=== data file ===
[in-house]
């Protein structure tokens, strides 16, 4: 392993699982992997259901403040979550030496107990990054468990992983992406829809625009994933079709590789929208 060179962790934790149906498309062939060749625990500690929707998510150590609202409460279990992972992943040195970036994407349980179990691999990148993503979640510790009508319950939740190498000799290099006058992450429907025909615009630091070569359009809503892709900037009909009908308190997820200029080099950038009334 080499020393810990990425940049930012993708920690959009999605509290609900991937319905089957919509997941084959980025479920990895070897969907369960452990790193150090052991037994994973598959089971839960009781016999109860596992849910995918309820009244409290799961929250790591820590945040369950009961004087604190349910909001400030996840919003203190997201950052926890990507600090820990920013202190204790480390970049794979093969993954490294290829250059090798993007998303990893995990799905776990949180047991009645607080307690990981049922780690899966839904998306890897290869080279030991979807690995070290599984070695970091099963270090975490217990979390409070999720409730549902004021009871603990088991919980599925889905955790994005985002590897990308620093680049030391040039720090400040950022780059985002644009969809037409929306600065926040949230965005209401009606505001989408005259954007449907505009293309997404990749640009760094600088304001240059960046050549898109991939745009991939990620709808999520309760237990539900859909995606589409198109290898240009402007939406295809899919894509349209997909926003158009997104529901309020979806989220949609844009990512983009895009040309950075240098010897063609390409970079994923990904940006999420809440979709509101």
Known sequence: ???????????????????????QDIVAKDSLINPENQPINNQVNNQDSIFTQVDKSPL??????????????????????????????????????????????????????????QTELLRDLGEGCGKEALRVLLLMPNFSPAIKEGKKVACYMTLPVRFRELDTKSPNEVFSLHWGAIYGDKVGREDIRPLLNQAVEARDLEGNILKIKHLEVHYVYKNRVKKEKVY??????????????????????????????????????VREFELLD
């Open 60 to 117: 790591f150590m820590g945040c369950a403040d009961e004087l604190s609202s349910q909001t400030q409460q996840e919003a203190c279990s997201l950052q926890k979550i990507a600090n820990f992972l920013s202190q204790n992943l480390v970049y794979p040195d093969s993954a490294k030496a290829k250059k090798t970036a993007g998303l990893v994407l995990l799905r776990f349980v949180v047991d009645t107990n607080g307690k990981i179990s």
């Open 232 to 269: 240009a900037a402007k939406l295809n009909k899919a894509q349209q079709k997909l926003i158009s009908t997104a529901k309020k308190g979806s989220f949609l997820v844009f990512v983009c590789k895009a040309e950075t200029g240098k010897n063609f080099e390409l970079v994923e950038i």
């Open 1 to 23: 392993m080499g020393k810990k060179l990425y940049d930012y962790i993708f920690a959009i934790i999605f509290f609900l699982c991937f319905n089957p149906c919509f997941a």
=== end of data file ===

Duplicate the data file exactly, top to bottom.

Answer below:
[in-house]
């Protein structure tokens, strides 16, 4: 392993699982992997259901403040979550030496107990990054468990992983992406829809625009994933079709590789929208 060179962790934790149906498309062939060749625990500690929707998510150590609202409460279990992972992943040195970036994407349980179990691999990148993503979640510790009508319950939740190498000799290099006058992450429907025909615009630091070569359009809503892709900037009909009908308190997820200029080099950038009334 080499020393810990990425940049930012993708920690959009999605509290609900991937319905089957919509997941084959980025479920990895070897969907369960452990790193150090052991037994994973598959089971839960009781016999109860596992849910995918309820009244409290799961929250790591820590945040369950009961004087604190349910909001400030996840919003203190997201950052926890990507600090820990920013202190204790480390970049794979093969993954490294290829250059090798993007998303990893995990799905776990949180047991009645607080307690990981049922780690899966839904998306890897290869080279030991979807690995070290599984070695970091099963270090975490217990979390409070999720409730549902004021009871603990088991919980599925889905955790994005985002590897990308620093680049030391040039720090400040950022780059985002644009969809037409929306600065926040949230965005209401009606505001989408005259954007449907505009293309997404990749640009760094600088304001240059960046050549898109991939745009991939990620709808999520309760237990539900859909995606589409198109290898240009402007939406295809899919894509349209997909926003158009997104529901309020979806989220949609844009990512983009895009040309950075240098010897063609390409970079994923990904940006999420809440979709509101």
Known sequence: ???????????????????????QDIVAKDSLINPENQPINNQVNNQDSIFTQVDKSPL??????????????????????????????????????????????????????????QTELLRDLGEGCGKEALRVLLLMPNFSPAIKEGKKVACYMTLPVRFRELDTKSPNEVFSLHWGAIYGDKVGREDIRPLLNQAVEARDLEGNILKIKHLEVHYVYKNRVKKEKVY??????????????????????????????????????VREFELLD
């Open 60 to 117: 790591f150590m820590g945040c369950a403040d009961e004087l604190s609202s349910q909001t400030q409460q996840e919003a203190c279990s997201l950052q926890k979550i990507a600090n820990f992972l920013s202190q204790n992943l480390v970049y794979p040195d093969s993954a490294k030496a290829k250059k090798t970036a993007g998303l990893v994407l995990l799905r776990f349980v949180v047991d009645t107990n607080g307690k990981i179990s």
């Open 232 to 269: 240009a900037a402007k939406l295809n009909k899919a894509q349209q079709k997909l926003i158009s009908t997104a529901k309020k308190g979806s989220f949609l997820v844009f990512v983009c590789k895009a040309e950075t200029g240098k010897n063609f080099e390409l970079v994923e950038i």
């Open 1 to 23: 392993m080499g020393k810990k060179l990425y940049d930012y962790i993708f920690a959009i934790i999605f509290f609900l699982c991937f319905n089957p149906c919509f997941a």